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'They need help' | Domestic violence cases and calls spike during coronavirus pandemic

"People do believe that they have to stay in the violence because there is no place to go."

ST. LOUIS — As isolation is key to stop the spread of COVID-19, it can also be harmful for victims of domestic violence locked up behind closed doors.

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Jefferson County's sheriff tweeted that his department has seen a 43% increase in domestic violence cases in March, compared to last year.

Safe Connections and the Women's Safe House have also seen a bump in calls.

"We’ve seen a 56% increase in calls. Most of those calls have been in safety planning and community resources," said Sylvia Jackson, the Executive Director of the Women's Safe House.

Credit: TWSH

That increase could be attributed to the stressors that are adding up during COVID-19.

"Domestic violence can increase because the stressors increase," she added. 

Jackson said many callers say they aren't leaving but need resources.

"People do believe that they have to stay in the violence because there is no place to go," she explained.

But she said a new grant has been given to the Women's Safe House to provide a hotel or motel room for a victim needing to flee.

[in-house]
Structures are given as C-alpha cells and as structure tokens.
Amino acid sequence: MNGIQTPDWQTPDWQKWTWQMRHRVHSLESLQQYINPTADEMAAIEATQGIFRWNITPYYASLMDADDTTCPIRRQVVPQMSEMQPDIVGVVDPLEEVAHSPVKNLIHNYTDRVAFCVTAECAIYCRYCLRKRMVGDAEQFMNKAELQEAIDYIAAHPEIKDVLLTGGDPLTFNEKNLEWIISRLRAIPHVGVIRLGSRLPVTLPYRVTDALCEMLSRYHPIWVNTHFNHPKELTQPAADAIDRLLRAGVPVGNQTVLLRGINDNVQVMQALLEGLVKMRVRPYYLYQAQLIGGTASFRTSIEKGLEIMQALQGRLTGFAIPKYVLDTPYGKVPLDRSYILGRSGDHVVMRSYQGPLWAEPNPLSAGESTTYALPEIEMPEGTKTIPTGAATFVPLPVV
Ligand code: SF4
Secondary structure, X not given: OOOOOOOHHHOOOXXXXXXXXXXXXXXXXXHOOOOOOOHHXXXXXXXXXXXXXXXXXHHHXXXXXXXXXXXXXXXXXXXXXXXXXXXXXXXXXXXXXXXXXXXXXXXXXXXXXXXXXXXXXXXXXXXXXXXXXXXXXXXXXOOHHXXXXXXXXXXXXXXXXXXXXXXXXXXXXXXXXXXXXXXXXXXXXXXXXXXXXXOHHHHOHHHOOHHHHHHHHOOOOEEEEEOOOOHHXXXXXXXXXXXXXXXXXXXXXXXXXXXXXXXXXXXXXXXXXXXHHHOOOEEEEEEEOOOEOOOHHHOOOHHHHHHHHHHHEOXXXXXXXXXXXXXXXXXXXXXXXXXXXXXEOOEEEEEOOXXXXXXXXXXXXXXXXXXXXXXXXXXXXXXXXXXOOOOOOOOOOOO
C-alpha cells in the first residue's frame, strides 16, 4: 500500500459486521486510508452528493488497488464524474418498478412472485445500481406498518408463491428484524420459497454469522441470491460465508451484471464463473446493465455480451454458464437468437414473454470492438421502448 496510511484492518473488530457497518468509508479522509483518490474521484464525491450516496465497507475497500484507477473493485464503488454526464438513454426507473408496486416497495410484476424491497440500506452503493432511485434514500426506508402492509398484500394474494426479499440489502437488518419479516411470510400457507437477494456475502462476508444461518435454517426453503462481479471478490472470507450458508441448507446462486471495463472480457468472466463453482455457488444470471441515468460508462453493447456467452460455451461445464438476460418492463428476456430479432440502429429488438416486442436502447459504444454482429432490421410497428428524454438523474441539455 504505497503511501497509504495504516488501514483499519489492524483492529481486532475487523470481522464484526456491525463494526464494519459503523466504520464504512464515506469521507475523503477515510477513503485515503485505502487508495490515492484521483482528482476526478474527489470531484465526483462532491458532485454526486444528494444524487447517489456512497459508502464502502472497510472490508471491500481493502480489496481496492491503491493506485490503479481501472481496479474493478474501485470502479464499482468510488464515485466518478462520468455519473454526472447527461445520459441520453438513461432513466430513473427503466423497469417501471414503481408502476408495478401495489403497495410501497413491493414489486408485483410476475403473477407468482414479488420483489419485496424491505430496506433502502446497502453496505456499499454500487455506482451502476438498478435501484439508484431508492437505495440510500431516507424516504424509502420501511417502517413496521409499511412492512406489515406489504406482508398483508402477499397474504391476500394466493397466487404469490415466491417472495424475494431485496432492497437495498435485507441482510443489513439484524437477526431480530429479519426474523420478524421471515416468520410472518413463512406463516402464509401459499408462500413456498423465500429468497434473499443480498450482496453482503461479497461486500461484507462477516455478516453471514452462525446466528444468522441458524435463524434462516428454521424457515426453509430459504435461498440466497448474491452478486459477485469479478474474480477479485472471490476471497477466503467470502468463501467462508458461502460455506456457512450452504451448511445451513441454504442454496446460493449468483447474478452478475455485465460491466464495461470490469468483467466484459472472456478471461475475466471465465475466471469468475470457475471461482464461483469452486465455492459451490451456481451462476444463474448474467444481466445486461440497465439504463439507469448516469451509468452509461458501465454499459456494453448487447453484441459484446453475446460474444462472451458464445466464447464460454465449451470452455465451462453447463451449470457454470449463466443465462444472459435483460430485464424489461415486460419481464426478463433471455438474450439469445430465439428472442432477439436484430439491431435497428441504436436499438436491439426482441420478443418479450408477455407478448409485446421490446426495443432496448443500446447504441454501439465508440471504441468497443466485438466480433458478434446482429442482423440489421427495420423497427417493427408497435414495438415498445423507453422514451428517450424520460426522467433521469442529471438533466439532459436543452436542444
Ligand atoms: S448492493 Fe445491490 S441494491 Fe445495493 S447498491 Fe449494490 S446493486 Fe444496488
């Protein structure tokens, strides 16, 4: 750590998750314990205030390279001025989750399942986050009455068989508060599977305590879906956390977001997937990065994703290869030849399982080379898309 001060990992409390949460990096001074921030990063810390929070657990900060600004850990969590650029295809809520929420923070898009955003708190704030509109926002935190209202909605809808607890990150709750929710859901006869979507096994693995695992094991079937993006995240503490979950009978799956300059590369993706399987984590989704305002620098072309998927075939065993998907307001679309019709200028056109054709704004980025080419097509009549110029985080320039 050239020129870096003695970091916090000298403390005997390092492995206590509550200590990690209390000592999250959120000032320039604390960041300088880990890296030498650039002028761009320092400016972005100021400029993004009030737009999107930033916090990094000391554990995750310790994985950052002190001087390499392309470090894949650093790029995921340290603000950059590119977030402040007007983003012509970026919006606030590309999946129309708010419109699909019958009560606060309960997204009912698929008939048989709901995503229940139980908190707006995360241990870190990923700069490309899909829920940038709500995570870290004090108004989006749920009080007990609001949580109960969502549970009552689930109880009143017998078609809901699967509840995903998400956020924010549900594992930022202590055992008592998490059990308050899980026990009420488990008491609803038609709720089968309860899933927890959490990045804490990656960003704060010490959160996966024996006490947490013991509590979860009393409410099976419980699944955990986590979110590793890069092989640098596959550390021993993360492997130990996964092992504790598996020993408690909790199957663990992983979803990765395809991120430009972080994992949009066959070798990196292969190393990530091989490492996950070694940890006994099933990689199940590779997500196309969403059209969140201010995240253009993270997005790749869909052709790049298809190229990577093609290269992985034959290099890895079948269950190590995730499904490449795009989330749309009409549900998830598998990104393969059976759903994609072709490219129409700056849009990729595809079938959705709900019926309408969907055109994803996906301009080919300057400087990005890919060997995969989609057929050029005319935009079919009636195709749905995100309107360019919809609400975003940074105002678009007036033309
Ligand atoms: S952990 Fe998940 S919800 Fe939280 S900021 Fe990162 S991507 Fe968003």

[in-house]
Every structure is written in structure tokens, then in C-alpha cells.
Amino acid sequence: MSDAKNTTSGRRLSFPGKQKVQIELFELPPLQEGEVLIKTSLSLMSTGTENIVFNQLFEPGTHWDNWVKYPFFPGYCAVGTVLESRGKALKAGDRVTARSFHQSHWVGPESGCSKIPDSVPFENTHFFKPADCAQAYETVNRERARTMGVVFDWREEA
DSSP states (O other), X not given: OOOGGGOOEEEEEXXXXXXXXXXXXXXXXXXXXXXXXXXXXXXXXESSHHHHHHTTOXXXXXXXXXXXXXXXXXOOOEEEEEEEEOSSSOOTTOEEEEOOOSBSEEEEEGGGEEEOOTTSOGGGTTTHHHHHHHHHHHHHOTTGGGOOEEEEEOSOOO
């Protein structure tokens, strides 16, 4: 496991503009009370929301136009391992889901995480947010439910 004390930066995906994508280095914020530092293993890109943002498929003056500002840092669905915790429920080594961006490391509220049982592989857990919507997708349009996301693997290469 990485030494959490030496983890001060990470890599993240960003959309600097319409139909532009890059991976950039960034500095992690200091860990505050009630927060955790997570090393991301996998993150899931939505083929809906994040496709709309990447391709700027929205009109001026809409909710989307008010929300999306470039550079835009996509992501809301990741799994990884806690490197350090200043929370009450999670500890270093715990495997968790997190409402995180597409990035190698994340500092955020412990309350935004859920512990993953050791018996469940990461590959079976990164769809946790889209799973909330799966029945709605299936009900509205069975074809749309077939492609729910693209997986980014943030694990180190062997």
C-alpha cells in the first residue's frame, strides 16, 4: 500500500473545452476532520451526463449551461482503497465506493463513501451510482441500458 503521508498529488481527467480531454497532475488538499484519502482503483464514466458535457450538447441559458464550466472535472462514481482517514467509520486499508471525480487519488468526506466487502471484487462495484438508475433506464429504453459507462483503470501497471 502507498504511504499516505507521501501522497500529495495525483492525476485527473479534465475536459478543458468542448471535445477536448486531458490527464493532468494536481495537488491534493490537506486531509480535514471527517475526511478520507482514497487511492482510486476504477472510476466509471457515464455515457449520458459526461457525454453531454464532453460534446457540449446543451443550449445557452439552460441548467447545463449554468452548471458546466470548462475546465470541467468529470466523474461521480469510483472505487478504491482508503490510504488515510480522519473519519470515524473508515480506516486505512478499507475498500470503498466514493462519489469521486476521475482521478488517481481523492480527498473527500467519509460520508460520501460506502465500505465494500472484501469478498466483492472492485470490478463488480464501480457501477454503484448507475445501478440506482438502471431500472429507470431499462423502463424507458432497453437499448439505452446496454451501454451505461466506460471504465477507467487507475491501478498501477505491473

"One of the biggest things we are doing is safety planning," explained CEO of Safe Connections Susan Kidder.

That safety planning is a case-by-case situation. But each victim can use a strategic plan to protect themselves.

TIPS

"If you can't avoid the violence and you can't call 9-1-1, try to make yourself as small as possible, roll yourself into a ball, cover your neck and face with your hands. If you can, leave that room and go into another room, don't go into rooms that you're blocked in," Jackson advised. 

She also said to know all the exits in the home and try to save some money if you need to escape. 

Try to keep a list of domestic violence organizations in your phone and label it as something else.

"We would suggest they delete the history on the computer and phone if they've been on our site," Kidder said.

You can also call a crisis line and act like you're calling someone else, such as a restaurant for an order. That way, the advocate and ask you 'yes' or 'no' questions.

"They know when that happens, the survivor is letting us know they are in trouble, they need help," Kidder explained.

ALIVE also has an online chat on its website if you don't feel at ease making calls.

If you or your children are in danger, try and call 9-1-1 immediately.

Kidder wanted to remind victims and survivors: "They are not alone, they have resources."

RESOURCES

If you need help during this time, you can call the Safe Connections Crisis Helpline at 314-531-2003.

ALIVE's Crisis Line is 314-993-2777 and they have a number for Franklin County at 800-941-9144.

The Women's Safe House can be reached 24 hours a day at 314-772-4535.